If you’ve got your eye on a home that needs work, there could be some deal breakers standing in the way of you getting the price you want. Aside from calculating the expected costs of necessary renovations, you also have to consider your time investment in the property to decide if it’s worth it. Check out these six things that can make or break buying a fixer-upper.
- The Roof. When buying an older home that needs work, a roof well past its prime is a major red flag to consider. Roofs are not cheap elements to install. The exact price will depend on what work needs to be done and the extent of existing damage.
- Electrical Systems. If you see exposed and outdated wiring on the exterior or interior, not only does this cost a lot to update but it also poses a big safety risk. According to the Consumer Product Safety Commission (CPSC), more than 400 electrocutions happen each year in this country, with 20 percent of those stemming from wiring hazards such as damaged or exposed wiring.
- Pest Damage. When pest damage becomes so severe it’s obvious to anyone looking around the foundation or walls, this is a make-or-break aspect that may have you thinking twice. Termites are very hard to stop once they get started, as they eat their way through the wooden structures supporting the foundation, along with floor joists, crawl spaces, wooden porches and more, says com. Subterranean termites are the ones that cause the most damage to the foundation.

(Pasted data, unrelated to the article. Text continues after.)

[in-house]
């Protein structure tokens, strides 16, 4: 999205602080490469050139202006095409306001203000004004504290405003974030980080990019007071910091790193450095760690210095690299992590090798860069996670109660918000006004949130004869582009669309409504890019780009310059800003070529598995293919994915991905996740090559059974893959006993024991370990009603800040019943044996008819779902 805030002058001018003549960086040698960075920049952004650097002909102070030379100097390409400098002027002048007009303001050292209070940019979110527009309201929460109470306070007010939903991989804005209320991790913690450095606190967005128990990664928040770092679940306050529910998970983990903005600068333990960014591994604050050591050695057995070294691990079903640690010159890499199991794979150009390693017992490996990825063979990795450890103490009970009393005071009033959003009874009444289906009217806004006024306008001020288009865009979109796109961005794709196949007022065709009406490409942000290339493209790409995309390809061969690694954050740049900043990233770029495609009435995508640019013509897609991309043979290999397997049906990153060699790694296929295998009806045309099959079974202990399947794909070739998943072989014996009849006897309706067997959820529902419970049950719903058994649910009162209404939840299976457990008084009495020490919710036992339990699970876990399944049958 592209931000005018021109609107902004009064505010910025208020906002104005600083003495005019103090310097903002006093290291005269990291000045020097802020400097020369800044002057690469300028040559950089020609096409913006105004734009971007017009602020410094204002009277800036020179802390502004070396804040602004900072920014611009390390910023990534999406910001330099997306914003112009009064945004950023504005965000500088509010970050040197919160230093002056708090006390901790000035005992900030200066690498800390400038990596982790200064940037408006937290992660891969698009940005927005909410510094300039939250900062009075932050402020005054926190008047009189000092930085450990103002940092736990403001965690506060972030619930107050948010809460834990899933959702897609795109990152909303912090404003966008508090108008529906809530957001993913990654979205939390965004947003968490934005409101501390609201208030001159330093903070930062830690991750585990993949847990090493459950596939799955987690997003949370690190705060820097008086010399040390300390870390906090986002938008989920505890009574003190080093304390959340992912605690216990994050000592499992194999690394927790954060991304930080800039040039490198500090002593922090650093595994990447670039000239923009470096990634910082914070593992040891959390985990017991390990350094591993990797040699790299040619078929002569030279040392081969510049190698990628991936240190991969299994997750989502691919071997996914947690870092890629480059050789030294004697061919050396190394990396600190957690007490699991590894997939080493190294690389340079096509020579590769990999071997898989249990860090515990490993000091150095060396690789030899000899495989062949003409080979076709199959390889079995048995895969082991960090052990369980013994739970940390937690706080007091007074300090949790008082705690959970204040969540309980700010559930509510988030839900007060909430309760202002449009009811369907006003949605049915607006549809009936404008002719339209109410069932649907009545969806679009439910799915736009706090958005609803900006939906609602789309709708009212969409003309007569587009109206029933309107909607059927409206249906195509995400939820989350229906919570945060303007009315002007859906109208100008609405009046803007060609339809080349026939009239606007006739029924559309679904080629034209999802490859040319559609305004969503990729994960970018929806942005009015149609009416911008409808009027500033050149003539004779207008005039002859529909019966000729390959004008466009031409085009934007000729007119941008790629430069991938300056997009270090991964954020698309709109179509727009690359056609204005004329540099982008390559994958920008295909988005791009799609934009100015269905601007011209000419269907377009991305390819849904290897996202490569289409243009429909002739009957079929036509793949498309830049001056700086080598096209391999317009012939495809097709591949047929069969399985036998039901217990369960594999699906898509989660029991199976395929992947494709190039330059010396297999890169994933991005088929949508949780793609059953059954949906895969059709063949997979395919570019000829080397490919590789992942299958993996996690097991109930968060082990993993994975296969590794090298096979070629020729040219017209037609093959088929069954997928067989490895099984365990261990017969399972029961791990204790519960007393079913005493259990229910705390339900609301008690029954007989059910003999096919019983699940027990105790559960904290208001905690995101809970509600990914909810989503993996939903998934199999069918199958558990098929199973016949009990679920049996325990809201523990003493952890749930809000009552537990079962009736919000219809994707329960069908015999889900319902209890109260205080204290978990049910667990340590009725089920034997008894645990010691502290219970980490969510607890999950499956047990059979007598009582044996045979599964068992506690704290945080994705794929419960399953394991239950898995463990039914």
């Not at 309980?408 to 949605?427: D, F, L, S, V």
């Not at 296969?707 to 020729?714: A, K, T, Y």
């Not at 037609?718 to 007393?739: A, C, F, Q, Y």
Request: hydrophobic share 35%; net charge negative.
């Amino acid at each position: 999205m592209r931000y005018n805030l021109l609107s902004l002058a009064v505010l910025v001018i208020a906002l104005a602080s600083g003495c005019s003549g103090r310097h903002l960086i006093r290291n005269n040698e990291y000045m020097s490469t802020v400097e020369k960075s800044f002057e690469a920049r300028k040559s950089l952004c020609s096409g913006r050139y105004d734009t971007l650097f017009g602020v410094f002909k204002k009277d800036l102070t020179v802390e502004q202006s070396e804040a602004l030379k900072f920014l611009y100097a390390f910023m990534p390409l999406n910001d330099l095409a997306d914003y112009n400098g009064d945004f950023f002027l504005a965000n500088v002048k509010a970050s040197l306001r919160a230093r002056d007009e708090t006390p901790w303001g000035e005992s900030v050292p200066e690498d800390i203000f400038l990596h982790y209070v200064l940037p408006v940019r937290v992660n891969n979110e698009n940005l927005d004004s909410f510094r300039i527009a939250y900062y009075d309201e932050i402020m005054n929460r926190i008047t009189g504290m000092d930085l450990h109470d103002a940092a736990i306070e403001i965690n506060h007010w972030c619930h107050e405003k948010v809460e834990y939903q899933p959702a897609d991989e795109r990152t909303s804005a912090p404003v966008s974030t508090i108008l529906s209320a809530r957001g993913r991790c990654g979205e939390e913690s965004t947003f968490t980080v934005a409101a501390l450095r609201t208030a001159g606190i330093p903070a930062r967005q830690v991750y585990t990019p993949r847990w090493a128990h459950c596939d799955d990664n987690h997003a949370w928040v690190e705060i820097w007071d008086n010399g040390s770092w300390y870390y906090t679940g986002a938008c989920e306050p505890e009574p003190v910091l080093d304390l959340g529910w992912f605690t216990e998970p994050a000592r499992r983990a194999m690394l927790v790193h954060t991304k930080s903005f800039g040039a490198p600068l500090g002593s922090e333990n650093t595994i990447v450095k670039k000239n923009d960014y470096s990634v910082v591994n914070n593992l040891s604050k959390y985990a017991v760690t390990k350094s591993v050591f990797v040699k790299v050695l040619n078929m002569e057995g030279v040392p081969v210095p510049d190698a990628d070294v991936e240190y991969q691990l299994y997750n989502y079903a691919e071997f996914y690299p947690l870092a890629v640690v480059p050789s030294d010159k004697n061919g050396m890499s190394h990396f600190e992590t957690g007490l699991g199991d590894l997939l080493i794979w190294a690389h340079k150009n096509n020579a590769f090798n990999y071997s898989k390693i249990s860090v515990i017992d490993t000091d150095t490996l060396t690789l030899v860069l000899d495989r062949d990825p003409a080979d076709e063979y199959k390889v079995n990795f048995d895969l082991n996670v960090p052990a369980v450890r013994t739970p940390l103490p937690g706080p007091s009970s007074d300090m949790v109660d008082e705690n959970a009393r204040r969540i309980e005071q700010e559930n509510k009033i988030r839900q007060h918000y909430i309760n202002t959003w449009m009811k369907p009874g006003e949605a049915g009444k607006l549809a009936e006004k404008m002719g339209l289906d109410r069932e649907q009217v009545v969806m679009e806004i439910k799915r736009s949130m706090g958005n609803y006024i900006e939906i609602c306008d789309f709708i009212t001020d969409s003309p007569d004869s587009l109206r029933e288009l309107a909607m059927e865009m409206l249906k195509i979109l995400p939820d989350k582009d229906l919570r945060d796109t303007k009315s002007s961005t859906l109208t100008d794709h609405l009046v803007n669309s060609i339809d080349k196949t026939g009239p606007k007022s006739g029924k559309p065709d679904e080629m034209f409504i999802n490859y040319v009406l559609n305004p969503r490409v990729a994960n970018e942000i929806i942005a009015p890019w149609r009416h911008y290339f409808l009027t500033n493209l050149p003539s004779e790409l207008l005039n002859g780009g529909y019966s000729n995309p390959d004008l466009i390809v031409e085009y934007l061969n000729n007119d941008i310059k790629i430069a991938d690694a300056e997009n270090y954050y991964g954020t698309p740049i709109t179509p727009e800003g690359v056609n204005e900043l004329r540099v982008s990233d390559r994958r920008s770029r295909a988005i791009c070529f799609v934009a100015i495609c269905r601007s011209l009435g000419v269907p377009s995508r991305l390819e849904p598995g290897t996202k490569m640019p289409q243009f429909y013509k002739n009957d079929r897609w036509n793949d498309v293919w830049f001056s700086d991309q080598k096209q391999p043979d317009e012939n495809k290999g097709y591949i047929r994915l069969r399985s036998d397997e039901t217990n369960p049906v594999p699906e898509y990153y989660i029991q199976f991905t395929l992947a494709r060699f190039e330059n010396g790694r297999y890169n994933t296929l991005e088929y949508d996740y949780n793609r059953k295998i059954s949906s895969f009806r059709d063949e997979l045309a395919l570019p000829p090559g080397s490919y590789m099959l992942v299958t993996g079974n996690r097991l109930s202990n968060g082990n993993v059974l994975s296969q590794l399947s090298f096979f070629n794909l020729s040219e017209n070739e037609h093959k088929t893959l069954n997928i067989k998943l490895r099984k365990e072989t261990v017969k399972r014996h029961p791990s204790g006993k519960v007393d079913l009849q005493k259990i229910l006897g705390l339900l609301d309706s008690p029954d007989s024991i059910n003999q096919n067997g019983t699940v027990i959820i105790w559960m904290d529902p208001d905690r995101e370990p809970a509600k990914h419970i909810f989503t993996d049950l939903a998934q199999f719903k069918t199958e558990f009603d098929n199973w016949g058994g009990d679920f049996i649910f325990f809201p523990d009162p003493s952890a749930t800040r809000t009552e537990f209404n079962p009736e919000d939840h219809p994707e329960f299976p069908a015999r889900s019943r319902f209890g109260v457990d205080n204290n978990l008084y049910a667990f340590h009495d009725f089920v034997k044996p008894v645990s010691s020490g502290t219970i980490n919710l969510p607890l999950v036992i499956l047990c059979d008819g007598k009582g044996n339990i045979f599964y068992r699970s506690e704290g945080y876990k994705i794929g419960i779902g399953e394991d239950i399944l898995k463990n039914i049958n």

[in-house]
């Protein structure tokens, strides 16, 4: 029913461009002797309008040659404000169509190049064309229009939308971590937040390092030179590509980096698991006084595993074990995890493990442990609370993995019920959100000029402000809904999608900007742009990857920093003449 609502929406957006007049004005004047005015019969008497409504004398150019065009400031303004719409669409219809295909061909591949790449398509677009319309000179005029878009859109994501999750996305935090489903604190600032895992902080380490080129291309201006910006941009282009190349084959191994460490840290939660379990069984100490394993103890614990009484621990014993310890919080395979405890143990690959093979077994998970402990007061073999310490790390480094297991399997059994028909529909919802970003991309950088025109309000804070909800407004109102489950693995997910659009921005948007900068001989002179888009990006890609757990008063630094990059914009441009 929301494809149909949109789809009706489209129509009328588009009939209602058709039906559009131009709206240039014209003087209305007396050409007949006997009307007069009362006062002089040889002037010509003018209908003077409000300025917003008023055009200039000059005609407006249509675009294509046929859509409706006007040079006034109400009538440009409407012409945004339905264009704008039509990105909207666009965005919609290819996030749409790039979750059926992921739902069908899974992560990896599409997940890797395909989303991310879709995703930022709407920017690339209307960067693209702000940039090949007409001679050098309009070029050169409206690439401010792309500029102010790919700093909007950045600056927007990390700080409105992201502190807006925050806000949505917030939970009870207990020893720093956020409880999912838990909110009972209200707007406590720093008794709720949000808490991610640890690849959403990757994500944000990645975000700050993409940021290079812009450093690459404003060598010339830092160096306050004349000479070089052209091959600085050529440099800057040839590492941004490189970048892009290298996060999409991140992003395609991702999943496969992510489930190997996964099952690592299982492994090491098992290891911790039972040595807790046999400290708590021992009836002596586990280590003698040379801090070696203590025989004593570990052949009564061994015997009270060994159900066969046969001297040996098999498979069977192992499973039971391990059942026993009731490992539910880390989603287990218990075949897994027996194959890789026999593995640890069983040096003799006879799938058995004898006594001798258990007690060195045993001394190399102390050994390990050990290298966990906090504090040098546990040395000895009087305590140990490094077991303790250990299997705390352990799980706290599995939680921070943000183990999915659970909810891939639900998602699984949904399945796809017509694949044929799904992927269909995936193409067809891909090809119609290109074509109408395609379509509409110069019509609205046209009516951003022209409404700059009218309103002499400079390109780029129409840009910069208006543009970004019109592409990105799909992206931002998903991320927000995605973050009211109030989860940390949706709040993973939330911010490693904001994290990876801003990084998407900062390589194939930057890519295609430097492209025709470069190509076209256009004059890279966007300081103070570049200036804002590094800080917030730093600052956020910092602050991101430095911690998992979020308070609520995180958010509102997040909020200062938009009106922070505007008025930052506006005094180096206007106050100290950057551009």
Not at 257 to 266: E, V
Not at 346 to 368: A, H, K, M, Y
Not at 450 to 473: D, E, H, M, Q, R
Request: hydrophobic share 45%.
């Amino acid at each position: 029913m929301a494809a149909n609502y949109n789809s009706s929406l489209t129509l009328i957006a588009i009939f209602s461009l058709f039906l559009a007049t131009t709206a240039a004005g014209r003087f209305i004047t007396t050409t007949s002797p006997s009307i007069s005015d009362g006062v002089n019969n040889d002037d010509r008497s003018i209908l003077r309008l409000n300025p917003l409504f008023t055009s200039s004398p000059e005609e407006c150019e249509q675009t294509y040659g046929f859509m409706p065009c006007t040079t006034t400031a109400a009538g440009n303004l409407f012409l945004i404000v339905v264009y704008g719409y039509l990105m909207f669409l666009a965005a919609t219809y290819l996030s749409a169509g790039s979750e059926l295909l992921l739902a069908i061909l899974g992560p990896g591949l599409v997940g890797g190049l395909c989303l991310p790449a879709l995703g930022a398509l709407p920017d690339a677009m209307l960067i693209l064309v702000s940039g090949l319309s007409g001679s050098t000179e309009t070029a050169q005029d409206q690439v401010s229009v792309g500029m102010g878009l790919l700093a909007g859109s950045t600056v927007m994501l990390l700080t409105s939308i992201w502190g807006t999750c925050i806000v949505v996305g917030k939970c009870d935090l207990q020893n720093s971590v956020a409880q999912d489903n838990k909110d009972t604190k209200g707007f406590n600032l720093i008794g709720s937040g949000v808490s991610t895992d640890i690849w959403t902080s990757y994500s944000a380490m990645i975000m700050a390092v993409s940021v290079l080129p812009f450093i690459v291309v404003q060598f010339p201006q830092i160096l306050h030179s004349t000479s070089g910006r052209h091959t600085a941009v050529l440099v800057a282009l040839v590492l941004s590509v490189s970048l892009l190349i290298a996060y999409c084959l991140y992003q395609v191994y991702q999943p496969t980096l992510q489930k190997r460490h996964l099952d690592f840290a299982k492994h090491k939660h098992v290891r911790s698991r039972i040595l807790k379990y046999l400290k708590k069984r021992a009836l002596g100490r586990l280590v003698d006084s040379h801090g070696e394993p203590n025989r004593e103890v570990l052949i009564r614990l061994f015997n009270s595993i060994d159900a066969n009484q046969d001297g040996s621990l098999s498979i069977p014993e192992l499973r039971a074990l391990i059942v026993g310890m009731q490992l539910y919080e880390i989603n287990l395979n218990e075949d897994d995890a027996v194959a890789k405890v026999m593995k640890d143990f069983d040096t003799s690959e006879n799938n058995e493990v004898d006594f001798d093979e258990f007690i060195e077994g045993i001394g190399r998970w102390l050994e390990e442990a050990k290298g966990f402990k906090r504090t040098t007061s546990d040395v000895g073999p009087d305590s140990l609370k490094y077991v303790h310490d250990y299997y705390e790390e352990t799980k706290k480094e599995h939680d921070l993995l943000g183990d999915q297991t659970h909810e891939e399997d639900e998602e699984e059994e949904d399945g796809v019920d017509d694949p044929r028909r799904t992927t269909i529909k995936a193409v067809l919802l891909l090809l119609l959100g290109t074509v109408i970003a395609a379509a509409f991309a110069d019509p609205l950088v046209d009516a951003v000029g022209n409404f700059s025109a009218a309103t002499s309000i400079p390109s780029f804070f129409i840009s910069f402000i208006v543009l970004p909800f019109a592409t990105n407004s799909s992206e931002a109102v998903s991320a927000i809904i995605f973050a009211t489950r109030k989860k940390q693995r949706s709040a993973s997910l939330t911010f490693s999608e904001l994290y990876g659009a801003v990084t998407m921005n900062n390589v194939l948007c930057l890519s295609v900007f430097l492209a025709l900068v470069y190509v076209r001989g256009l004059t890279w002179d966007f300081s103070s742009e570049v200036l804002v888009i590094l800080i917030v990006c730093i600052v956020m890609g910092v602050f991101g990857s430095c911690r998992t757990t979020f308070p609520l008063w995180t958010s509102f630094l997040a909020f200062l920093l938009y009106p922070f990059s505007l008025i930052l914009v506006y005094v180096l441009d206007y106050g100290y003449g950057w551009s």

- Cost Comparison. In considering the asking price of the home, do your research on the average home price in the new neighborhood. The home you’re looking at should equal that average cost when you factor in the asking price AND cost for necessary repairs and renovations.
- Cheap Construction Materials. Avoid homes that were thrown together to save money. It may look pretty on the outside at first glance, but years down the road, you will regret the decision to go cheap. Contractors who cut corners did the bare minimum to get it built and sold. Those cheap materials can lead to rot, rodent infestation and worse, not to mention you’ll be replacing things much sooner than if you had just invested in quality materials in the first place.
- Cosmetic Upgrades vs. Extensive Work. If you’re going for an affordable fixer-upper, at least make sure it has “good bones” and doesn’t need a lot of major projects. It’s relatively easy to update the kitchen flooring or bathroom counters, splash some new paint on the wall, and pull out overgrown bushes. If you have to bust through walls, demolish tubs, repair the foundation and replace the roof, you’re adding too much to your plate.
When considering a fixer-upper, keep these red flags in mind.